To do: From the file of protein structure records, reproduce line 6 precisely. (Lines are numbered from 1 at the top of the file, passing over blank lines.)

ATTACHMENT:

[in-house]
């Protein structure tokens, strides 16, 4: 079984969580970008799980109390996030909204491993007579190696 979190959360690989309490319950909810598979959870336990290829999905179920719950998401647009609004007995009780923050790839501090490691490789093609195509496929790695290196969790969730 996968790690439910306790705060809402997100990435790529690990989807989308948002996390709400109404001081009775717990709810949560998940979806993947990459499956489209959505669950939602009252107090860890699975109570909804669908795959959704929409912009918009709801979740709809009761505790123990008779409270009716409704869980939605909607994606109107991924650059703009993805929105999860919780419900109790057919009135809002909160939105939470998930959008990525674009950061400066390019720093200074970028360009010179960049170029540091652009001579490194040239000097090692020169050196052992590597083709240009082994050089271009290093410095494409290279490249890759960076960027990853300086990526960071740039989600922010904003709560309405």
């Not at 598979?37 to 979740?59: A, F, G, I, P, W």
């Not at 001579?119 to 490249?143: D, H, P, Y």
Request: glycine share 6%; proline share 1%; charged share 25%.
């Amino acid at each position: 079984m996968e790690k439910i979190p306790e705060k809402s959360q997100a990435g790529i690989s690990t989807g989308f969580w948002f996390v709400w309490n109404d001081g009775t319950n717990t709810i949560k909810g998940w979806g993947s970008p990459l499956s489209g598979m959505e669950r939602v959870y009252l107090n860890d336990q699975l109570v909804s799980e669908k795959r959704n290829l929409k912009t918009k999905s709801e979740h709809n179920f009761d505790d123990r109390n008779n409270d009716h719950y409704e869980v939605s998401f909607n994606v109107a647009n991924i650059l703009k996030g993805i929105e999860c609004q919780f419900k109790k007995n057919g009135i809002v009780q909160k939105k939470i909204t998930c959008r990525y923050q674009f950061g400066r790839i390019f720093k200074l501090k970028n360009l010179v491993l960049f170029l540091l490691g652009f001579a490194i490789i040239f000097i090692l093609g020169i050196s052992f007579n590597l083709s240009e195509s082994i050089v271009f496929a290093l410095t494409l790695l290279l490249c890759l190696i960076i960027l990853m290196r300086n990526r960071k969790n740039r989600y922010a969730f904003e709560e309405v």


């Amino acid at each position: 079984m996968e790690k439910i979190p306790e705060k809402s959360q997100a990435g790529i690989s690990t989807g989308f969580w948002f996390v709400w309490n109404d001081g009775t319950n717990t709810i949560k909810g998940w979806g993947s970008p990459l499956s489209g598979m959505e669950r939602v959870y009252l107090n860890d336990q699975l109570v909804s799980e669908k795959r959704n290829l929409k912009t918009k999905s709801e979740h709809n179920f009761d505790d123990r109390n008779n409270d009716h719950y409704e869980v939605s998401f909607n994606v109107a647009n991924i650059l703009k996030g993805i929105e999860c609004q919780f419900k109790k007995n057919g009135i809002v009780q909160k939105k939470i909204t998930c959008r990525y923050q674009f950061g400066r790839i390019f720093k200074l501090k970028n360009l010179v491993l960049f170029l540091l490691g652009f001579a490194i490789i040239f000097i090692l093609g020169i050196s052992f007579n590597l083709s240009e195509s082994i050089v271009f496929a290093l410095t494409l790695l290279l490249c890759l190696i960076i960027l990853m290196r300086n990526r960071k969790n740039r989600y922010a969730f904003e709560e309405v």